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Old 01-21-2011, 02:32 PM   #1
Ozz
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Check this out boys and girls

http://www.rvcomfortsystems.com/
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Old 01-21-2011, 03:06 PM   #2
Rondo
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I like the idea Ozz! The price is a little high, I think, but I guess if you want to save propane it might be worth it. Just how long would it take to use $800+ of propane however? You'd definitely have to use the unit fulltime or at least a lot of longtimer and in some cooler climates though! Heck, you being in HVAC, you should be able to come up with this somehow also!
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Old 01-21-2011, 03:36 PM   #3
Ozz
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This has been in my game plan, I will see how they do it. I sent off for a dealership, but I won't inventory 12 units. I can make up one with off the shelf parts. Just need to study it.
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Old 01-21-2011, 04:09 PM   #4
scductman
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Ozz the problem I see is the amount of power they take. If I am right it pulls 41.6 amps at 5000 watts. even if you don't pay for elect thats alot of amps. If I am on 30 amps thats to much. ck behind me and see if I made a mistake. Thats just strip heat you and I installed for yrs am I right.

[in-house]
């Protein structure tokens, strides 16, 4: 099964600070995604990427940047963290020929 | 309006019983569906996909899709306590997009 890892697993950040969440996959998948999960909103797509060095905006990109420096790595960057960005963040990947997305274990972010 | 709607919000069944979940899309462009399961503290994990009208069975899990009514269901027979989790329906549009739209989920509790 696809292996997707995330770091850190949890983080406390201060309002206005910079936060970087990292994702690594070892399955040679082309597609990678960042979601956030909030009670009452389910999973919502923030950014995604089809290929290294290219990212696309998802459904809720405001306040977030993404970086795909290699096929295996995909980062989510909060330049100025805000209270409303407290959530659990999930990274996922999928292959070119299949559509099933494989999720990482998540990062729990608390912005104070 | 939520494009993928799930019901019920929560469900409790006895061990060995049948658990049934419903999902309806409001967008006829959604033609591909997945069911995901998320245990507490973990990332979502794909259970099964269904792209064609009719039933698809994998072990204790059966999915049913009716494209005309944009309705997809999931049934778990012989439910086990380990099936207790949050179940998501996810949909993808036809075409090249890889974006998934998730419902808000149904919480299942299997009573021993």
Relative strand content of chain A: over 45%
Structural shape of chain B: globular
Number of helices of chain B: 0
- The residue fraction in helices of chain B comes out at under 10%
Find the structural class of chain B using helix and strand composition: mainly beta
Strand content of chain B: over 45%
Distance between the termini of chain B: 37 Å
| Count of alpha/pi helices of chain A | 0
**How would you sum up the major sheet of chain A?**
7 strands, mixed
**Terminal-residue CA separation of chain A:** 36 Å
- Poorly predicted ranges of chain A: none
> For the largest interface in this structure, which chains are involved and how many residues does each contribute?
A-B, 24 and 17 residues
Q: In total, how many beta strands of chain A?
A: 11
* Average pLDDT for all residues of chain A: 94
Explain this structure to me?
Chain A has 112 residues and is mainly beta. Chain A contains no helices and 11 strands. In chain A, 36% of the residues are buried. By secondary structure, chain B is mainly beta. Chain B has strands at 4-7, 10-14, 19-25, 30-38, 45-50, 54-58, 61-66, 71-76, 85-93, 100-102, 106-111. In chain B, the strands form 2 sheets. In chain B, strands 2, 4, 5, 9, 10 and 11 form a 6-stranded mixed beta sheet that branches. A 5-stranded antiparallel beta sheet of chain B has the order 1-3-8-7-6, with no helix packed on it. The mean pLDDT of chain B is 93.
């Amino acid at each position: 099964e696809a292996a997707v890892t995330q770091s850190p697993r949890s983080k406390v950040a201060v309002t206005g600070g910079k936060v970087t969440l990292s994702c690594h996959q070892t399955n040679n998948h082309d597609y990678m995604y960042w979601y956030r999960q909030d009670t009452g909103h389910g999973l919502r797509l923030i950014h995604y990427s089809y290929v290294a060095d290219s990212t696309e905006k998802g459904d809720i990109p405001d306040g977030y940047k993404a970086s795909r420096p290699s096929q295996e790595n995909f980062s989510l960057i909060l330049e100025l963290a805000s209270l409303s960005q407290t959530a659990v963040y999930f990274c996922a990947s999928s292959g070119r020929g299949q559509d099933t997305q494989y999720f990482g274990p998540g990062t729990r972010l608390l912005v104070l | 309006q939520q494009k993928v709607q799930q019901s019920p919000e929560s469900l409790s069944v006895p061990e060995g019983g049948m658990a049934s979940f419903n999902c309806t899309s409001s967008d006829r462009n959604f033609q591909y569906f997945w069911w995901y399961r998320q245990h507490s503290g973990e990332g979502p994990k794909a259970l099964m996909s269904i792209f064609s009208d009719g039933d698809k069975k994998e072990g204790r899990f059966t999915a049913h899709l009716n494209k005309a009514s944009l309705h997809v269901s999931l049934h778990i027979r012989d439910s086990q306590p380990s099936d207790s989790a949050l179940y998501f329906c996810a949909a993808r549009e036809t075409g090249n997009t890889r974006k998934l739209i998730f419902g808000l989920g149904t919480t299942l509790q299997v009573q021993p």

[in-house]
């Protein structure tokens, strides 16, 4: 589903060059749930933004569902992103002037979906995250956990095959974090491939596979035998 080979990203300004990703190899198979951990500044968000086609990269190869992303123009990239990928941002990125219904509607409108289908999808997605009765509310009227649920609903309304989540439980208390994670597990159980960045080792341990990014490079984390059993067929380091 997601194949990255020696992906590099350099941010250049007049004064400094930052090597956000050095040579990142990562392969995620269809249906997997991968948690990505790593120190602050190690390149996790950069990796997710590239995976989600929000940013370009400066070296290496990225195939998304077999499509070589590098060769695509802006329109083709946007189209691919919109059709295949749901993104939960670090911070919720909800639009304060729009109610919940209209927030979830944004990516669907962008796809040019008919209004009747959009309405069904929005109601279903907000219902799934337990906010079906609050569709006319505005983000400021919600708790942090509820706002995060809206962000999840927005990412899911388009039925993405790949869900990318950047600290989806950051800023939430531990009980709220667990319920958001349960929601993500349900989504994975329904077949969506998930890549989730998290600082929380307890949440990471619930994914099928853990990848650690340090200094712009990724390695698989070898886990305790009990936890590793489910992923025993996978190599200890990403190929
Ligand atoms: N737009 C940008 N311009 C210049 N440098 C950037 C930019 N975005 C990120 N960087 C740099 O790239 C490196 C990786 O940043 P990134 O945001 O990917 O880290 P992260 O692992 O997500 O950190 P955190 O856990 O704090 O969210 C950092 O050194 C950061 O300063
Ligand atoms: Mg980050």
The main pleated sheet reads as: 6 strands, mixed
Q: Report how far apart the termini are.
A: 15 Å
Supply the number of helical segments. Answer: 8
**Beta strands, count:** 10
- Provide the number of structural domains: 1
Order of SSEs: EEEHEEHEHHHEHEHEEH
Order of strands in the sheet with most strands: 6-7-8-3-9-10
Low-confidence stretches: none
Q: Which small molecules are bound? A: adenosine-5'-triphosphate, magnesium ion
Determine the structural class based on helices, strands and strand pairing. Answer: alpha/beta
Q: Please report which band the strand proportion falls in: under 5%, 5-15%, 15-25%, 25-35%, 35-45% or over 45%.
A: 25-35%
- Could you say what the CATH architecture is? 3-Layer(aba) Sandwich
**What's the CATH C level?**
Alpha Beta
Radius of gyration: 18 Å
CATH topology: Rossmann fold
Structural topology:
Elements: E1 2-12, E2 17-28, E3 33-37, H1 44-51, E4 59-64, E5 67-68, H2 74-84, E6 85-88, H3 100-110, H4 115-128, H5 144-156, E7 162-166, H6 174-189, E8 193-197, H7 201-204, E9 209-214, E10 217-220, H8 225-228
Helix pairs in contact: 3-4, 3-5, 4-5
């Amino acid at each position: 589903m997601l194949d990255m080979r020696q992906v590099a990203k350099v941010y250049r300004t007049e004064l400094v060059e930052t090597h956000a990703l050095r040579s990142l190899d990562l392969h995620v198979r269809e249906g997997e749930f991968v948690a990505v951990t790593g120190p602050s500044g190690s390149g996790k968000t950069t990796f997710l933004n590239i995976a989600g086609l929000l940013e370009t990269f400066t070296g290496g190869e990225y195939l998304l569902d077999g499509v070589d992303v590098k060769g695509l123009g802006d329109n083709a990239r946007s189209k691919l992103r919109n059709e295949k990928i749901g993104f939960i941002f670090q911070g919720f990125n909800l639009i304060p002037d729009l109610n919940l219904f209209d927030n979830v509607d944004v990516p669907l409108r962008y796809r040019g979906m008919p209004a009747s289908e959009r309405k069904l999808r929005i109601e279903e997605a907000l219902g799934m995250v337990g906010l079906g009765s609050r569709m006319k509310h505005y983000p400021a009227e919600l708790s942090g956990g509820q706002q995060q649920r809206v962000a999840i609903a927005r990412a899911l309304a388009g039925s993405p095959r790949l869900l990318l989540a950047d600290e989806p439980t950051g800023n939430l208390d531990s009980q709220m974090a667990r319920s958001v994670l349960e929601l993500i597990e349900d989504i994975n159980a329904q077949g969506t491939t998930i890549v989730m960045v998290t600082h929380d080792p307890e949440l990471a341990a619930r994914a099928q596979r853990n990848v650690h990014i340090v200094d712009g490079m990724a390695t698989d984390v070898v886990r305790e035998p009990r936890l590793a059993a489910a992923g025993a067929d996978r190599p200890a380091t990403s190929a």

bobby
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Old 01-21-2011, 04:46 PM   #5
stiles watson
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Ozz, On the road side business? Can you become an installer (I know you have the expertise, but will they let you)? Or do you even want to do so? I agree it sounds great, but the price is pushing the envelop.

It would be interesting to know what the comparative operating costs might be. When full timers settle in for a while the power may be an add on-cost. In an Escapee campground where we stayed in Washington, it was site rent plus electricity.

Certainly, it would be a savings if the power was included. In that case, you could reclaim the cost in one winter. I know I am using about $100.00 a month on propane in this weather and the cost of propane is rising.
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Old 01-22-2011, 12:41 AM   #6
ole dude
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As with any resistance heat put a penny in--get a penny out. I guess my main concern would be, the breaking of the heating coils. It has been my experience over the years in dealing with and repairing htg units, that the coils begin to get brittle as they are used. Bouncing down the road could do damage. I read about this a while back and thought about a calrod element from Hotwatt for this application. Just sayin.
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Old 01-22-2011, 01:08 AM   #7
Lambchop
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Nice idea.....except if your electric is metered....some RV parks in TX are charging .17 cents per Kilowatt hour!

I've heard of some people that installed electric heaters in their wall with a thermostat. A cheaper way?

Roy
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Old 01-22-2011, 02:24 AM   #8